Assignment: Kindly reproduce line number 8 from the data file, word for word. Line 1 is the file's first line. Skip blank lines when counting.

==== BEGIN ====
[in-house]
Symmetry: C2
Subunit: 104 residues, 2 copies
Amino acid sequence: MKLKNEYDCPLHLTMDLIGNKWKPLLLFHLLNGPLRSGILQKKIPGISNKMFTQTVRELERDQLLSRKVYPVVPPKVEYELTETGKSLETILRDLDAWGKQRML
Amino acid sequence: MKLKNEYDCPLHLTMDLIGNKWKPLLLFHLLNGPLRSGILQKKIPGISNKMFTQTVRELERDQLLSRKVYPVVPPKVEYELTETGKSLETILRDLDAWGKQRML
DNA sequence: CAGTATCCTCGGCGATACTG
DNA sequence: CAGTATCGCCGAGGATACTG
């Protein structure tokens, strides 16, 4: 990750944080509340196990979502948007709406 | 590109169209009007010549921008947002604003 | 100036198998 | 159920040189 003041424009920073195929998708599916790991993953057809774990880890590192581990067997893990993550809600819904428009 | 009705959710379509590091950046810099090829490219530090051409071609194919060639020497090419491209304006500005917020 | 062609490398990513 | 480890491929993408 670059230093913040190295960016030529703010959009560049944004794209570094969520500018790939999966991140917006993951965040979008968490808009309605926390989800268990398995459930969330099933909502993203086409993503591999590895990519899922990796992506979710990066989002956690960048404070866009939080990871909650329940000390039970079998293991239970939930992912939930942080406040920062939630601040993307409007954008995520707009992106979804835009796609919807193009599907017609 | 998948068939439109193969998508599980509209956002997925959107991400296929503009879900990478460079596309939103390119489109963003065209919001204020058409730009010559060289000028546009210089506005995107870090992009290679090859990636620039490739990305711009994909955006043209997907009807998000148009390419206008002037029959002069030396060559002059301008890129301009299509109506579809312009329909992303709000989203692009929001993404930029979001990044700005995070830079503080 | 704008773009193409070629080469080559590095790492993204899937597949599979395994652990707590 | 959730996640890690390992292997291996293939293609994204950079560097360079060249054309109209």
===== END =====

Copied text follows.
């Protein structure tokens, strides 16, 4: 990750944080509340196990979502948007709406 | 590109169209009007010549921008947002604003 | 100036198998 | 159920040189 003041424009920073195929998708599916790991993953057809774990880890590192581990067997893990993550809600819904428009 | 009705959710379509590091950046810099090829490219530090051409071609194919060639020497090419491209304006500005917020 | 062609490398990513 | 480890491929993408 670059230093913040190295960016030529703010959009560049944004794209570094969520500018790939999966991140917006993951965040979008968490808009309605926390989800268990398995459930969330099933909502993203086409993503591999590895990519899922990796992506979710990066989002956690960048404070866009939080990871909650329940000390039970079998293991239970939930992912939930942080406040920062939630601040993307409007954008995520707009992106979804835009796609919807193009599907017609 | 998948068939439109193969998508599980509209956002997925959107991400296929503009879900990478460079596309939103390119489109963003065209919001204020058409730009010559060289000028546009210089506005995107870090992009290679090859990636620039490739990305711009994909955006043209997907009807998000148009390419206008002037029959002069030396060559002059301008890129301009299509109506579809312009329909992303709000989203692009929001993404930029979001990044700005995070830079503080 | 704008773009193409070629080469080559590095790492993204899937597949599979395994652990707590 | 959730996640890690390992292997291996293939293609994204950079560097360079060249054309109209």